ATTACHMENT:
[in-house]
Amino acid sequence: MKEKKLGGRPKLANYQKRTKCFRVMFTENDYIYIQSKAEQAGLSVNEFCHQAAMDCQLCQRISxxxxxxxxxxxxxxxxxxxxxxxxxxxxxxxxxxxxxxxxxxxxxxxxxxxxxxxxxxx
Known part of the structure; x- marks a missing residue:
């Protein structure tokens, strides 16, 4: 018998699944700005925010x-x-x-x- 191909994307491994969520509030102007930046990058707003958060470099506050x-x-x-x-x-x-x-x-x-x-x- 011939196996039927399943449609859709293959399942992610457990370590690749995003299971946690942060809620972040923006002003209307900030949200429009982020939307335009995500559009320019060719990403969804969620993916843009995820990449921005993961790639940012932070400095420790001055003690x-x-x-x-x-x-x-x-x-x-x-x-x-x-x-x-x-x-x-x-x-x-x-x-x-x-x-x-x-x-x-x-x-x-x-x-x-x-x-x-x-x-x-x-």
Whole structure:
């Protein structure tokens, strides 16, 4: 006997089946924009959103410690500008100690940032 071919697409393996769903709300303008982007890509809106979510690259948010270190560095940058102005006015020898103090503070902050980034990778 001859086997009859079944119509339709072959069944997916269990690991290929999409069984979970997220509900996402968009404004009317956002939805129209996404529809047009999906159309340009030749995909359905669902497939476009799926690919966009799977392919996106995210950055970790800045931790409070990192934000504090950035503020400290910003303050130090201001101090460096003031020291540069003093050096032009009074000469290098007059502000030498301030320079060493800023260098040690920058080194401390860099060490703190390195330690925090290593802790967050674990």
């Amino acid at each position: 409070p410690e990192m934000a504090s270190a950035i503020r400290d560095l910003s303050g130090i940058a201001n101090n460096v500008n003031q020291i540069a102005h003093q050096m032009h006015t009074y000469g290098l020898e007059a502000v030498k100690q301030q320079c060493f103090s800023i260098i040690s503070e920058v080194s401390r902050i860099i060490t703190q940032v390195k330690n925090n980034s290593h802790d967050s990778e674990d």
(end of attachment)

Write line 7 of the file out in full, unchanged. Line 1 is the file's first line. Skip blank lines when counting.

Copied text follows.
């Amino acid at each position: 409070p410690e990192m934000a504090s270190a950035i503020r400290d560095l910003s303050g130090i940058a201001n101090n460096v500008n003031q020291i540069a102005h003093q050096m032009h006015t009074y000469g290098l020898e007059a502000v030498k100690q301030q320079c060493f103090s800023i260098i040690s503070e920058v080194s401390r902050i860099i060490t703190q940032v390195k330690n925090n980034s290593h802790d967050s990778e674990d």